Students who have close contact with the books of recent scholars that have nothing of the sort but deal only with grammatical rules and contain no Arab poems or (documents of) Arab speech, for this very reason are rarely conscious of (linguistic) habit or aware of its importance. One finds that they think they have gotten somewhere in knowledge of the Arabic language. In fact, they are farther from it than anyone else.
The Arabic philologists and teachers of Arabic in Spain are closer to acquiring and teaching the (linguistic) habit than others. They use evidential Arab verses and proverbs in this connection and investigate a good deal of (Arabic) word combinations in the classroom. Thus, a good deal of (linguistic) habit comes to the beginners early in (their) instruction. (Their) souls are impressed by it and are prepared to obtain and accept it.
Other people, such as the inhabitants of the Maghrib and Ifriqiyah and others, treated Arabic philology like any other research discipline. They did not tolerate investigations of the word combinations of Arab speech. They merely provided an evidential verse with the ending vowels, or decided in favor of one rule (against another), in accordance with theoretical requirements, and not in accordance with the usage and word combinations of the (Arabic) language. With them, 1375 Arabic philology thus came to be, in a way, one of the intellectual norms of logic and dialectics and (thereby) remote from the ways and habit of language.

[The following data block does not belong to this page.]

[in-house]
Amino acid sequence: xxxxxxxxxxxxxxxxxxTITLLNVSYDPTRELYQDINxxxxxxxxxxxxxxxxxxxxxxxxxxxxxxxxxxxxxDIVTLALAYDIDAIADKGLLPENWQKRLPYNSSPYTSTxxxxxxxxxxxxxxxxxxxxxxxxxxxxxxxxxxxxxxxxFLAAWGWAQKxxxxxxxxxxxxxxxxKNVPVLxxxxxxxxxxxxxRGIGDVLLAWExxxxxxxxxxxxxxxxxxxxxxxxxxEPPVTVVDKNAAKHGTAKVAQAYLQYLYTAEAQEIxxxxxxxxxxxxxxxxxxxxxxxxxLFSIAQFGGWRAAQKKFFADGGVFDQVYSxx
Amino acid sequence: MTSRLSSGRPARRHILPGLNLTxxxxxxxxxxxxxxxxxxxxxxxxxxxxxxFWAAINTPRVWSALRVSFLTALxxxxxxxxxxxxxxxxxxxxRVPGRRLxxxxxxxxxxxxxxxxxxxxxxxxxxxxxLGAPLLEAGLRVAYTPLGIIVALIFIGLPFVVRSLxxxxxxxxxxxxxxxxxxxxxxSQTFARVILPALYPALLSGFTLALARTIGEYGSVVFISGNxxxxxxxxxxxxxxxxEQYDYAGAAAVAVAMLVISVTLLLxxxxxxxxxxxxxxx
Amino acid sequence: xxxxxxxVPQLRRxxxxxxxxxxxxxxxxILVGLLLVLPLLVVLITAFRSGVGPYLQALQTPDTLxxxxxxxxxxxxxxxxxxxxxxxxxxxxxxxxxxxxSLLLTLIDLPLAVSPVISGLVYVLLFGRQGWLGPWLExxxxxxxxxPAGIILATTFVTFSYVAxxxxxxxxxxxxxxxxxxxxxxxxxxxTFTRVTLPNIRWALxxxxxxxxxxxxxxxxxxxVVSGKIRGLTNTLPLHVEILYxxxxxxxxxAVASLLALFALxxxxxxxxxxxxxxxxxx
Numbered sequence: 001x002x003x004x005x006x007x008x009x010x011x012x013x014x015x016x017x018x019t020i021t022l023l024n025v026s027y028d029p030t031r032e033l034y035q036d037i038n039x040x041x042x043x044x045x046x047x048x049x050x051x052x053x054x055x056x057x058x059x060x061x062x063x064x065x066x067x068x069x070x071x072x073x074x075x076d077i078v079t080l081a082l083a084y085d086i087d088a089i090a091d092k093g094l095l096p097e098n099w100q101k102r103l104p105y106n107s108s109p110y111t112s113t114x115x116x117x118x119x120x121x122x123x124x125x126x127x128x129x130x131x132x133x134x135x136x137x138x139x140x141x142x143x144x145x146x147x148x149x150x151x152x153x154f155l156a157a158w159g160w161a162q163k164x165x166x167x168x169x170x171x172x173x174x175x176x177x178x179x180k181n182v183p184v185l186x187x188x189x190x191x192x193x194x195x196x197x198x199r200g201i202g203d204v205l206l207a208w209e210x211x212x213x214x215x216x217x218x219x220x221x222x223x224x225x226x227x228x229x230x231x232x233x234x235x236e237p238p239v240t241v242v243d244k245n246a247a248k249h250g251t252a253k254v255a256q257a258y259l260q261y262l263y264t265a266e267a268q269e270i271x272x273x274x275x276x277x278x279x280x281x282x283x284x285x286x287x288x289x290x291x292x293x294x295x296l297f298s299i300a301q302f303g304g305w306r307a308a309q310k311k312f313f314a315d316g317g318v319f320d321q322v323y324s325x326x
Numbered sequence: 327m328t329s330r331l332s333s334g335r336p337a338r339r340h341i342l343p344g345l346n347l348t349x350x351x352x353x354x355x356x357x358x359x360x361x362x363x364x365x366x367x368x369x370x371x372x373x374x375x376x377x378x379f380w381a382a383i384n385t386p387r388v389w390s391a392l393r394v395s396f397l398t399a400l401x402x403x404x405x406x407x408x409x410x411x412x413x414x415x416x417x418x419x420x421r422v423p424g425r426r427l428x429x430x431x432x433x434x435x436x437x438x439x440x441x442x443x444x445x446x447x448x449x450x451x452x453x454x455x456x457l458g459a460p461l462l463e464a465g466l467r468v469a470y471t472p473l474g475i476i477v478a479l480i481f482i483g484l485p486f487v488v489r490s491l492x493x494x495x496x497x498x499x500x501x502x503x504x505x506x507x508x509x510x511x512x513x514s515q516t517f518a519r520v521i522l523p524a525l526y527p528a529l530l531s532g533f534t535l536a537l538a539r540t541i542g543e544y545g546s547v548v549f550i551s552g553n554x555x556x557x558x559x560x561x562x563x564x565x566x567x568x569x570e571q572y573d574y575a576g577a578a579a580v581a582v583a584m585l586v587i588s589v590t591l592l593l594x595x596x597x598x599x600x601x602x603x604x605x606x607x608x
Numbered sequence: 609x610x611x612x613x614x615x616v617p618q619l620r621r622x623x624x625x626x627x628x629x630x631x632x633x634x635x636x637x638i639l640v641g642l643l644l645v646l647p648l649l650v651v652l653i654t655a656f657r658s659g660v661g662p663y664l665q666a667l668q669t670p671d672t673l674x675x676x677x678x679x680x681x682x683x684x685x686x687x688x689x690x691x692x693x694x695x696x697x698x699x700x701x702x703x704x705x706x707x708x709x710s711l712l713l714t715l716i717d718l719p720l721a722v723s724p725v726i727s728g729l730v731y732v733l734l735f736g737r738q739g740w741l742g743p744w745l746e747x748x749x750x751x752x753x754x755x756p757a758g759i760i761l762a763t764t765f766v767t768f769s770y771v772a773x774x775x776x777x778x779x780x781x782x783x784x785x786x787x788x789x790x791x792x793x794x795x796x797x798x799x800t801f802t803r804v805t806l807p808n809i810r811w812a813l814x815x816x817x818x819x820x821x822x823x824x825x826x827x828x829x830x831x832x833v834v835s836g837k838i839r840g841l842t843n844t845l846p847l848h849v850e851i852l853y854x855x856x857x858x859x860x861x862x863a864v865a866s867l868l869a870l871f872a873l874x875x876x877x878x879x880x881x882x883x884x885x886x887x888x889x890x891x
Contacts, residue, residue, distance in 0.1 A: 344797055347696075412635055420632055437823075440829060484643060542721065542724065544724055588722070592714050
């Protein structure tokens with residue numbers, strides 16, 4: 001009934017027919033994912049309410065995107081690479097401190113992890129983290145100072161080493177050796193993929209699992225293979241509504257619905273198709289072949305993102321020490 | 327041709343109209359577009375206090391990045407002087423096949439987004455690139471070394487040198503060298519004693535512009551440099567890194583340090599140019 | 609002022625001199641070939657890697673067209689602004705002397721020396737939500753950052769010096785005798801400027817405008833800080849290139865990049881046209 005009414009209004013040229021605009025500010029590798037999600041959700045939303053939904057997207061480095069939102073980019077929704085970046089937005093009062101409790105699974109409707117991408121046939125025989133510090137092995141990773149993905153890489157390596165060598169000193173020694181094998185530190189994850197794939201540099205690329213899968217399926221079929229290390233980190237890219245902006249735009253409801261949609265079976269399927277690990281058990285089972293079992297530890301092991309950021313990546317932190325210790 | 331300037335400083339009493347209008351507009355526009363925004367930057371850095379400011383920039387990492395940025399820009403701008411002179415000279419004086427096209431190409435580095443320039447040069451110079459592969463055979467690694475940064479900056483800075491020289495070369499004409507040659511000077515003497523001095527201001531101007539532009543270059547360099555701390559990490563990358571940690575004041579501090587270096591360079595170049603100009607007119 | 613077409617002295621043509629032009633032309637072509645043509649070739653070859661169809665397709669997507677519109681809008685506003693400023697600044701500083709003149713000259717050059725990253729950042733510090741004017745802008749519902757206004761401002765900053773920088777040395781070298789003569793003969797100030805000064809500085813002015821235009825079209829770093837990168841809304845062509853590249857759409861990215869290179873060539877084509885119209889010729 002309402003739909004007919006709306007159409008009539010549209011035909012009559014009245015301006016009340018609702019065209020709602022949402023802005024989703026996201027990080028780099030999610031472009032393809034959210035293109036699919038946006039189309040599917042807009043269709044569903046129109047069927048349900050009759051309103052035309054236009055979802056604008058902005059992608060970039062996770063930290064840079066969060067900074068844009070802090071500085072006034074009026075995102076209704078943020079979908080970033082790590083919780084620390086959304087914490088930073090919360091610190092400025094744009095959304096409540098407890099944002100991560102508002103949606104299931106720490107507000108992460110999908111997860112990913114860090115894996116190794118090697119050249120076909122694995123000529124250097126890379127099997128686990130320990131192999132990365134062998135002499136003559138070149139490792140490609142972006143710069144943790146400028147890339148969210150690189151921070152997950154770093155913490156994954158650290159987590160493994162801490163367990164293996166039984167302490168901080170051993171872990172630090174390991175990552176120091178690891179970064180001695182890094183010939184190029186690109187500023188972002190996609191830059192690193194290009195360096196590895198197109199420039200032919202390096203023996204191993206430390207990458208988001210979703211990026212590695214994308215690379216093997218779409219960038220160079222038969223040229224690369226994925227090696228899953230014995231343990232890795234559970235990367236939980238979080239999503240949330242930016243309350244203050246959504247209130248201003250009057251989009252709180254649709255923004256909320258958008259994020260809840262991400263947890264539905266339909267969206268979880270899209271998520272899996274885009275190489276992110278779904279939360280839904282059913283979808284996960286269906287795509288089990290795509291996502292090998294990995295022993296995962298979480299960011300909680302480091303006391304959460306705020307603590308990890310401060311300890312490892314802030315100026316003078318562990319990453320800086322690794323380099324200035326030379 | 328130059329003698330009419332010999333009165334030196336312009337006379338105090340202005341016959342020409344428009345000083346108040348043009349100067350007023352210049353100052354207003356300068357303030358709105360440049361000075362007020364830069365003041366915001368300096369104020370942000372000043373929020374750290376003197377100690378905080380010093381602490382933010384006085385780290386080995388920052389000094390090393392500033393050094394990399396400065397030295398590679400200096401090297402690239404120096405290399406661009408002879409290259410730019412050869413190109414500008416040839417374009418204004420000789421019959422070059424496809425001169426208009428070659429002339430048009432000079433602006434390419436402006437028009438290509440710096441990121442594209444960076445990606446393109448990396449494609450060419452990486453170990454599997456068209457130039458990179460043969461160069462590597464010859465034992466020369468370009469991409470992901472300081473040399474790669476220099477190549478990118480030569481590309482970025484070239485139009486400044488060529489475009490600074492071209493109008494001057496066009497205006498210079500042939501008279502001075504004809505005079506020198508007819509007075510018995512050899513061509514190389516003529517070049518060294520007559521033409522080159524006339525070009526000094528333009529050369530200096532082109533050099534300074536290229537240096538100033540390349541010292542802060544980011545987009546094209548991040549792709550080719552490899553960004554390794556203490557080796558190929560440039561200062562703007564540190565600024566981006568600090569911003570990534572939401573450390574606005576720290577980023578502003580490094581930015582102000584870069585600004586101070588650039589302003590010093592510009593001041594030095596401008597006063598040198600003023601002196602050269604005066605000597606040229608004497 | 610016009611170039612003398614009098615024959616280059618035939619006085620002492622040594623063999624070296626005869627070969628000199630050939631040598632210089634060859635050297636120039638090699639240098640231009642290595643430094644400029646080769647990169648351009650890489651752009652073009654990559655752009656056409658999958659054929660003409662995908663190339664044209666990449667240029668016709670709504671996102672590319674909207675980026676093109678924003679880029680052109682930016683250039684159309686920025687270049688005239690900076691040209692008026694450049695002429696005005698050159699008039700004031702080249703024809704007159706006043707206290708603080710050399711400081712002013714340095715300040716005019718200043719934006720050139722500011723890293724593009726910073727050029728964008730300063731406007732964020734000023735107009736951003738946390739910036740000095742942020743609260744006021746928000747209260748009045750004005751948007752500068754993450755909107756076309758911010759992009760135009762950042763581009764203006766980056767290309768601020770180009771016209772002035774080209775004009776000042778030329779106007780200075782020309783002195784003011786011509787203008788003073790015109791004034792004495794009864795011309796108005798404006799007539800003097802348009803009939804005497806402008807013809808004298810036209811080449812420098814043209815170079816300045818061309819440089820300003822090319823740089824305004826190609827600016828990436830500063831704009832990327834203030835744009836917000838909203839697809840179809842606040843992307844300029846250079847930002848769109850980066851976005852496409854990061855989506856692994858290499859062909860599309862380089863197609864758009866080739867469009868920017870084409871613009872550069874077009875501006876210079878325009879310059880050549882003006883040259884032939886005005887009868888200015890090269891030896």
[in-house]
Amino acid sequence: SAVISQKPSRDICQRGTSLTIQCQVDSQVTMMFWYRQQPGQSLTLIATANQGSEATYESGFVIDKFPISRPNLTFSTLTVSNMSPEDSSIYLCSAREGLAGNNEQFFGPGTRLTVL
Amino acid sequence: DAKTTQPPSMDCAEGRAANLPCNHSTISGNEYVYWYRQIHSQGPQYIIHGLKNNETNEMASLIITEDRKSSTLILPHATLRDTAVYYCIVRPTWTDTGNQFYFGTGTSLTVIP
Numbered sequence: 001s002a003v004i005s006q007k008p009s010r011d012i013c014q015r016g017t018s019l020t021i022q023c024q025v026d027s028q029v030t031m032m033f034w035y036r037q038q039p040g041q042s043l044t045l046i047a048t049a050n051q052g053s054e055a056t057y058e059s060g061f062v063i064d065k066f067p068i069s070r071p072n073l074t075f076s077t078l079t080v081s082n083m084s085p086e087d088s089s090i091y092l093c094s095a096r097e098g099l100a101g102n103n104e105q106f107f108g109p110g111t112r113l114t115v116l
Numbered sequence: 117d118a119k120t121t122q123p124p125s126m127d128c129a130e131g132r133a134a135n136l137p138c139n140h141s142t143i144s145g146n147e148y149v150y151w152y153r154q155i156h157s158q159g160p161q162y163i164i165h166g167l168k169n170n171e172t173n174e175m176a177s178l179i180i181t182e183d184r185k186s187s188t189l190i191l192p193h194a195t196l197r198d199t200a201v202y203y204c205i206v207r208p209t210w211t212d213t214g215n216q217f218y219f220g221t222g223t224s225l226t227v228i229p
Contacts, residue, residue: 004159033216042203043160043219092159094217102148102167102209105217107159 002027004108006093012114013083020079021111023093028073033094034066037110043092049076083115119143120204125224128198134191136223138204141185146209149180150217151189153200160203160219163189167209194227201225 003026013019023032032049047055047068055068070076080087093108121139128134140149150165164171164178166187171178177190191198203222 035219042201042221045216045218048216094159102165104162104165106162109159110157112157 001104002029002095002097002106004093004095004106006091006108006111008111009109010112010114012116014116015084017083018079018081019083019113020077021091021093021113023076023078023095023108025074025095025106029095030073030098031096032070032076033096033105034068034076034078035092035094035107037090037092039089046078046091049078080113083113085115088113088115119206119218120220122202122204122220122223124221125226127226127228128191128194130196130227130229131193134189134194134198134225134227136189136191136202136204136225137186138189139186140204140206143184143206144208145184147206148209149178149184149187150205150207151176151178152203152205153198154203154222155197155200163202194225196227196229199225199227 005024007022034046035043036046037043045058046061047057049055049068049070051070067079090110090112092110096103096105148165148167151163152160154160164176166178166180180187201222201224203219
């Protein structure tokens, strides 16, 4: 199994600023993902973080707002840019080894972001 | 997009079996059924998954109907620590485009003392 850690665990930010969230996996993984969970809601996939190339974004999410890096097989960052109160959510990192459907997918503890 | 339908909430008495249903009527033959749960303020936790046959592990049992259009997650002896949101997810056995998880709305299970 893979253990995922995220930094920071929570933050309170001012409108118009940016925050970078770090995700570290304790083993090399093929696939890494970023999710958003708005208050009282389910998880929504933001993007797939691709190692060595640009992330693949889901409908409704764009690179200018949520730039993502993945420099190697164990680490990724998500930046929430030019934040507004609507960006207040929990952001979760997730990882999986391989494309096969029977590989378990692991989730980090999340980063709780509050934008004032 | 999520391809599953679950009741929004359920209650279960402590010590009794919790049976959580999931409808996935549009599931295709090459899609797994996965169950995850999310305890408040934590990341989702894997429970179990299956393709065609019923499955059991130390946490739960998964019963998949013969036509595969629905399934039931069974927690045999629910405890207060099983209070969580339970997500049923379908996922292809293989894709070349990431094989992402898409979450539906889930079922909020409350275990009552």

Arabic philologists in these cities and their adjacent regions 1376 thus became totally estranged from the (linguistic) habit, and it was as if they had not studied the Arabic language (at all). 1377 The only reason was their aversion to investigating the evidential verses and word combinations and to making a discerning study of the methods of the (Arabic) language, as well as their disregard for the (necessity of) constant practice of those things by the student. In fact, (to investigate these things) is the best way to teach the habit of the (Arabic) language. The (grammatical) rules are merely means for purposes of instruction. However, (scholars) employed them as they were not intended to be employed, and caused them to become a purely scholarly discipline.1378 (Thus,) they were deprived of their (real) fruit.
Our remarks in this chapter show that the habit of the Arabic language can be obtained only through expert knowledge of the (documents of) Arab speech. Thereby, the imagination of (the student) will eventually have a picture of the loom on which the Arabs wove their word combinations, so that he can use it himself. Thus, he achieves the position of one who grew up with them and had close personal contact with the ways they expressed themselves in their speech and who, thus, eventually obtains the firm habit of expressing what he wants to express in the manner in which they would have said it.1379
God determines all affairs.